The United States Senate approved a bipartisan amendment to restore millions of dollars in federal funding to historically black colleges and universities (HBCUs) and other minority-serving institutions (MSIs). Known as the FUTURE Act, the bill proposes a 10-year mandatory extension of $255 million in annual funding to HBCUs. It continues Title III funding for HBCUs and MSIs under the Higher Education Act of 1965, which previously expired at the end of September.
The proposal is paid for by simplifying the federal student aid form, which, among other things would eliminate up to 22 questions and require applicants to submit their tax information only once. According to the nonpartisan Congressional Budget Office, the changes would save taxpayers $2.8 billion over ten years, which will be used to pay for the permanent funding for HBCUs and other minority-serving institutions.
The proposal is also co-sponsored by Republican Sens. Tim Scott of South Carolina and Richard Burr of North Carolina, and Democratic Sens. Doug Jones of Alabama and Chris Coons of Delaware.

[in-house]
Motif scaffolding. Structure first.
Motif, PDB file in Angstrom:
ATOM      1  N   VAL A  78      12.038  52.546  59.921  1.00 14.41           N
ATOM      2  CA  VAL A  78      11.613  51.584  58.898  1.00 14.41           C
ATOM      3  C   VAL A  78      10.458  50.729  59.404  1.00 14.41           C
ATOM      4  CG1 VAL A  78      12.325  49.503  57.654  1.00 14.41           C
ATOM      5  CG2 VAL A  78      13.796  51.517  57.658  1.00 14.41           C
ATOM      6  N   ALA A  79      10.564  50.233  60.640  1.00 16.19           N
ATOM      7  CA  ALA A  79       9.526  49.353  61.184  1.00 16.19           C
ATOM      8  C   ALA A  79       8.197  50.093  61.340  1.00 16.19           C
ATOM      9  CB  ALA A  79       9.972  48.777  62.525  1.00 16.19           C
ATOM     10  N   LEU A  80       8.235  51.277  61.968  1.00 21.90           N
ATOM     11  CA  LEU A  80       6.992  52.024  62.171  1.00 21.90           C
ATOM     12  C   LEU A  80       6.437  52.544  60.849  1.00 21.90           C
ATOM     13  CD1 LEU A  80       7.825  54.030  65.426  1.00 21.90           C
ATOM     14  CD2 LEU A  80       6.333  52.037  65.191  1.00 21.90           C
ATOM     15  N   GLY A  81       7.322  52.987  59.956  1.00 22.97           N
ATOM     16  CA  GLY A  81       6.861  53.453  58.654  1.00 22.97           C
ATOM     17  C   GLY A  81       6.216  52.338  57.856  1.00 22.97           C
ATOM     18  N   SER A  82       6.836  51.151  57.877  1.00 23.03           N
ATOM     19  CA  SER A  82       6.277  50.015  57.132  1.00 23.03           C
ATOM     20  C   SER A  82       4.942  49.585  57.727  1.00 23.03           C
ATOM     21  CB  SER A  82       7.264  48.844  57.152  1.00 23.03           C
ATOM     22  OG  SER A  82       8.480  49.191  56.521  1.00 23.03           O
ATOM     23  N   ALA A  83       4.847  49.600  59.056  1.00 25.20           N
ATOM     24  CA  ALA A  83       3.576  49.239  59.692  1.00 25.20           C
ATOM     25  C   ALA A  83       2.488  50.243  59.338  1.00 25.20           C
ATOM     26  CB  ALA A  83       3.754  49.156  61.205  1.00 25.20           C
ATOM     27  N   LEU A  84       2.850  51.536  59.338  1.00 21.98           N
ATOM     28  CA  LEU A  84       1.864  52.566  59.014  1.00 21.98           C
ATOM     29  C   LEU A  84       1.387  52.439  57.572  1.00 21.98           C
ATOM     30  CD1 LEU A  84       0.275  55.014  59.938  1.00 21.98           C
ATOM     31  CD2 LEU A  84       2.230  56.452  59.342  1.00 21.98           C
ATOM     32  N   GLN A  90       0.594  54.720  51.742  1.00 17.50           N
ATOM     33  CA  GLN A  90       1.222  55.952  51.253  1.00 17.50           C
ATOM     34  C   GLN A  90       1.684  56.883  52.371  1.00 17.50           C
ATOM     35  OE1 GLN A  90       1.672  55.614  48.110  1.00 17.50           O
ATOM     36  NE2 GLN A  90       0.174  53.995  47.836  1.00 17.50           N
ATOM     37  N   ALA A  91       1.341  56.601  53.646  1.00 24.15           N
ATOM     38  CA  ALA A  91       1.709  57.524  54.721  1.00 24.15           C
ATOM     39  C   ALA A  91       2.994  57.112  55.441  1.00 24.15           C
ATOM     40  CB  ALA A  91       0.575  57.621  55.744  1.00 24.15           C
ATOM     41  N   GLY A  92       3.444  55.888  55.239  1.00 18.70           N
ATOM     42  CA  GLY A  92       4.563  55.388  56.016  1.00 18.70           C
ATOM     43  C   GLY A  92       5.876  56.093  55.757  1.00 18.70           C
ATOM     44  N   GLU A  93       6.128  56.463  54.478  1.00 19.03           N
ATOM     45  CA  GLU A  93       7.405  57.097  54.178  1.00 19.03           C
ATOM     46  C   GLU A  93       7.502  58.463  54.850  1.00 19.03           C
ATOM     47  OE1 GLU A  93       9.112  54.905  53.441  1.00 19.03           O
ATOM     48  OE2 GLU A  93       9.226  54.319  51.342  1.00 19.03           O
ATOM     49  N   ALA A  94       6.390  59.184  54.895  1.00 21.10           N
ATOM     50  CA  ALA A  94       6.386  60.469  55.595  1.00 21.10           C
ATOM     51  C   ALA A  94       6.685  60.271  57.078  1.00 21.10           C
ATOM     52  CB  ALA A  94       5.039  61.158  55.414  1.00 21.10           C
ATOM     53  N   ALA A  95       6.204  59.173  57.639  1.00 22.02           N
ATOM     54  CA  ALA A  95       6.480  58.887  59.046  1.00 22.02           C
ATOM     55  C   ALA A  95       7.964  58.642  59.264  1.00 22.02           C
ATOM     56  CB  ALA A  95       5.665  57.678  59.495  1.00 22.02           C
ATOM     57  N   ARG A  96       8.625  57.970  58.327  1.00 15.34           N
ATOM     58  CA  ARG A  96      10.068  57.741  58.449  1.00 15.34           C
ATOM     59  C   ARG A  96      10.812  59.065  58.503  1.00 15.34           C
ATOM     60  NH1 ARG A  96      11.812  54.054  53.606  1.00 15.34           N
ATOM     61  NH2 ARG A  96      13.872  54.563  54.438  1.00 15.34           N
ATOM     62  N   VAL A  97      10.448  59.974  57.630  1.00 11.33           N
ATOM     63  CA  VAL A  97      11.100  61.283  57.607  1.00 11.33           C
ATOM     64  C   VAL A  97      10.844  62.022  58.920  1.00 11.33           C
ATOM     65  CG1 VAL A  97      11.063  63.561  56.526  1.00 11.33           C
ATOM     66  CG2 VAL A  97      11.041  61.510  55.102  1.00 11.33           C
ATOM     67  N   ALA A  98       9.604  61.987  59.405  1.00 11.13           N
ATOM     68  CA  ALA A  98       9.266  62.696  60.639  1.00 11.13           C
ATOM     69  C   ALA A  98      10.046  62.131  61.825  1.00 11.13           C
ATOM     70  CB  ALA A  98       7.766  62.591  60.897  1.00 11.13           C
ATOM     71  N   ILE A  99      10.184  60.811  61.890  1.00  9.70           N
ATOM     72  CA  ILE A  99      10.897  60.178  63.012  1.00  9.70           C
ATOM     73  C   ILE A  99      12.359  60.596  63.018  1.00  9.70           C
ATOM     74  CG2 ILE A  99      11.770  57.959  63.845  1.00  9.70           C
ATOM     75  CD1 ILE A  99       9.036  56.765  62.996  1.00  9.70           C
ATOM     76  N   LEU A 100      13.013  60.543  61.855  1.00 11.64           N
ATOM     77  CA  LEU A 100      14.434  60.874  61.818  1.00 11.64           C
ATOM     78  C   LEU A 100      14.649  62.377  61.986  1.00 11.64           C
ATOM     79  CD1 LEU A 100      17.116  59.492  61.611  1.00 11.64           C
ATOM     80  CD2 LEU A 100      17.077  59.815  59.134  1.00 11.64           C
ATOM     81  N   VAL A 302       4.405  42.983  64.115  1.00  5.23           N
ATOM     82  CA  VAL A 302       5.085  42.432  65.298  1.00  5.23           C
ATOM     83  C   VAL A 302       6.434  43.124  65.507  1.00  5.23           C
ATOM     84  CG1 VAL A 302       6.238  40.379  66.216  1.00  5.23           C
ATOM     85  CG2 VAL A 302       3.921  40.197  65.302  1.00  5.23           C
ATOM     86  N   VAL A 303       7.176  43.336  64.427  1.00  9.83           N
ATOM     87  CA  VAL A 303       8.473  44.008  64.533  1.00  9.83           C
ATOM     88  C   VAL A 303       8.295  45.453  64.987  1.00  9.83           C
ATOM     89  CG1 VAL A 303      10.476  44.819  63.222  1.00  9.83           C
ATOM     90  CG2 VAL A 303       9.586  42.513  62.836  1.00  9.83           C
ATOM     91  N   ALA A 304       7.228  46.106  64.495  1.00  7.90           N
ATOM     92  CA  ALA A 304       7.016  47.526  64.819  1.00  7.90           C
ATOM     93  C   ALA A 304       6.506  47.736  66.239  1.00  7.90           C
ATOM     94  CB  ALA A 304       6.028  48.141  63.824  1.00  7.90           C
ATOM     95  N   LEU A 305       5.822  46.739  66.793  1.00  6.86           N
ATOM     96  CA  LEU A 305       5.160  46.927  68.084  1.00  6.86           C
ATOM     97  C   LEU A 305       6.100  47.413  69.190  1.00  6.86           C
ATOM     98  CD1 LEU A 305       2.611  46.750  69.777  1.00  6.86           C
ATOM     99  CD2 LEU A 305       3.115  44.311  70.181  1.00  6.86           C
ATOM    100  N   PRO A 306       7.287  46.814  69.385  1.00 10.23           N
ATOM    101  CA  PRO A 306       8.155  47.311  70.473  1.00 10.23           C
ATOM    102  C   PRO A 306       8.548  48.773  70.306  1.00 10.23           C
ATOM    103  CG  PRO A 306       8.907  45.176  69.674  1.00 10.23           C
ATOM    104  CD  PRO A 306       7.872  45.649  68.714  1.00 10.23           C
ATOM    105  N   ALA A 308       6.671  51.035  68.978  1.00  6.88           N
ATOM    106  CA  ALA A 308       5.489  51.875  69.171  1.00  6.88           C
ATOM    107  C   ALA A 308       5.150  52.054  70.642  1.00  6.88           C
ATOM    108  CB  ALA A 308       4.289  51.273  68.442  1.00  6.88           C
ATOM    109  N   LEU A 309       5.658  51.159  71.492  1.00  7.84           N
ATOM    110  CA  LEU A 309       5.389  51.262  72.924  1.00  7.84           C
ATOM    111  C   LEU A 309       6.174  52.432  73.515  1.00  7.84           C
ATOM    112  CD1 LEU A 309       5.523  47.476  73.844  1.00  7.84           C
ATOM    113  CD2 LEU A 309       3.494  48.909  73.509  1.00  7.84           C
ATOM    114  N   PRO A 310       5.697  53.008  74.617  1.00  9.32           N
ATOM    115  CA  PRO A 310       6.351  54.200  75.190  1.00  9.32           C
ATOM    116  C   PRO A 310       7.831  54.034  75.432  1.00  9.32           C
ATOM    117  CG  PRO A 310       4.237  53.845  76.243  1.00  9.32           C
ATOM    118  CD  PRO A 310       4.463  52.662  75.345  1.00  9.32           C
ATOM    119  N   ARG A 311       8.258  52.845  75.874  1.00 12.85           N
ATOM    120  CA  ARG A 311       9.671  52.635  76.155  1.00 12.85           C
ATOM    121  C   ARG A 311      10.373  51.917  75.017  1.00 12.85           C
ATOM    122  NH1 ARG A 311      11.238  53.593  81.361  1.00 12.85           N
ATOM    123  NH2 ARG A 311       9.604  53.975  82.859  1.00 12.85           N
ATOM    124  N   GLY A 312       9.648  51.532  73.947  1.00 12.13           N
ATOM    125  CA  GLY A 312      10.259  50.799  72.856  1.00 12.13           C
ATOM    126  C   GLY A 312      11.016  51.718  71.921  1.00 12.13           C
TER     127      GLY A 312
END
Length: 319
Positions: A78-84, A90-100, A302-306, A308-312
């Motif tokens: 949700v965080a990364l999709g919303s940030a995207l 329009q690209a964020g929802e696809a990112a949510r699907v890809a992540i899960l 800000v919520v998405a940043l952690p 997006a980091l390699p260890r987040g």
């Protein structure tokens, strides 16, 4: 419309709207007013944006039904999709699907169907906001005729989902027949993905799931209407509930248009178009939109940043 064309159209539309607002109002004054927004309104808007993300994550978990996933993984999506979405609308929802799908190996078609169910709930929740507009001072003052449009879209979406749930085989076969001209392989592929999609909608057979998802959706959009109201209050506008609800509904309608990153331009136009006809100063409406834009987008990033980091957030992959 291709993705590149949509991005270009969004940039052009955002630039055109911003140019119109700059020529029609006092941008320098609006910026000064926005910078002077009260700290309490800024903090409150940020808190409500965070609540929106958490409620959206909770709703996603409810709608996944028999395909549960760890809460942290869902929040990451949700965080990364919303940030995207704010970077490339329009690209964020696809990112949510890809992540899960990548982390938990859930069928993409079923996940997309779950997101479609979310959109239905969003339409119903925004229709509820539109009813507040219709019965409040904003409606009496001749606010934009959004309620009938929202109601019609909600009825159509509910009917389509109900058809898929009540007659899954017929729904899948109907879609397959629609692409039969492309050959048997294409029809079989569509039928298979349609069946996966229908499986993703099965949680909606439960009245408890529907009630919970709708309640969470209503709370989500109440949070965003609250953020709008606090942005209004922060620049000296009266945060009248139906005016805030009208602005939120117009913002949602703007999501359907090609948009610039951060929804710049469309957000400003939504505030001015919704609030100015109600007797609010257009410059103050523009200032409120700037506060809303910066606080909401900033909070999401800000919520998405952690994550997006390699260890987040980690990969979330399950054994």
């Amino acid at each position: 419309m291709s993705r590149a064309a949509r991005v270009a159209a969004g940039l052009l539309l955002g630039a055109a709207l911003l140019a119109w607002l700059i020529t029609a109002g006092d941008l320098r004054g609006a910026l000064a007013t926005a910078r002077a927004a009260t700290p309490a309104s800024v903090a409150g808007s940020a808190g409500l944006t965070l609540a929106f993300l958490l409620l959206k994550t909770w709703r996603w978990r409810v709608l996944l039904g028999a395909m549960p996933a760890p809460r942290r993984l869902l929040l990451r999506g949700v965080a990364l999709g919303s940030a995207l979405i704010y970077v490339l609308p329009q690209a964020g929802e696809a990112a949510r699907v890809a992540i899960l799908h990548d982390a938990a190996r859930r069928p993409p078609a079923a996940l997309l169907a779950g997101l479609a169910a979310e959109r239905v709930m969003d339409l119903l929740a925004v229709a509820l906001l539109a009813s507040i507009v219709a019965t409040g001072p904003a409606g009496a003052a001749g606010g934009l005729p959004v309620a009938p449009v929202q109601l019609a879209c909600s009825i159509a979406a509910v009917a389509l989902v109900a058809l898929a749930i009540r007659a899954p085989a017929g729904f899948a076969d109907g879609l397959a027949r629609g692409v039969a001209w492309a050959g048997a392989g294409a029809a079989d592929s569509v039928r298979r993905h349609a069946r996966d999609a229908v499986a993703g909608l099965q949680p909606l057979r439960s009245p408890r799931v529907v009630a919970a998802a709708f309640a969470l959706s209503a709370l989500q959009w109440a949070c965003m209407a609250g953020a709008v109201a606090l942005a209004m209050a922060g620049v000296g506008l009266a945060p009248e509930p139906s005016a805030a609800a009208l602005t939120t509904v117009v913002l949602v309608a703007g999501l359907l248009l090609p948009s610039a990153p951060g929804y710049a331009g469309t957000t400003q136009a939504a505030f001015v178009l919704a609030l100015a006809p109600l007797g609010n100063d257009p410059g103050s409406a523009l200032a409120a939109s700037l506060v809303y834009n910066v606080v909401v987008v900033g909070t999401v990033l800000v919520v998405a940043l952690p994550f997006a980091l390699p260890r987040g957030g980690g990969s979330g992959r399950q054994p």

The Thurgood Marshall College Fund (TMCF) president & CEO Harry L. Williams praised elected officials for approving the bill and encouraged the House of Representatives to pass it as well without delay. “TMCF is appreciative of all of the Senators who came together, in a bipartisan way, to reaffirm the importance of and work to renew this material investment in our Nation’s post-secondary students,” he said in a press release.
Likewise, Dr. Austin A. Lane, president of Texas Southern University said, “The bipartisan support of this bill is clear validation of the value that HBCUs like Texas Southern University brings to so many first-generation college students. Thanks to the lawmakers involved, as well as the tireless support from Dr. Harry Williams and the TMCF, the passage of this bill, will help thousands of more students reach their goals – and without the financial barriers that so often get in the way.”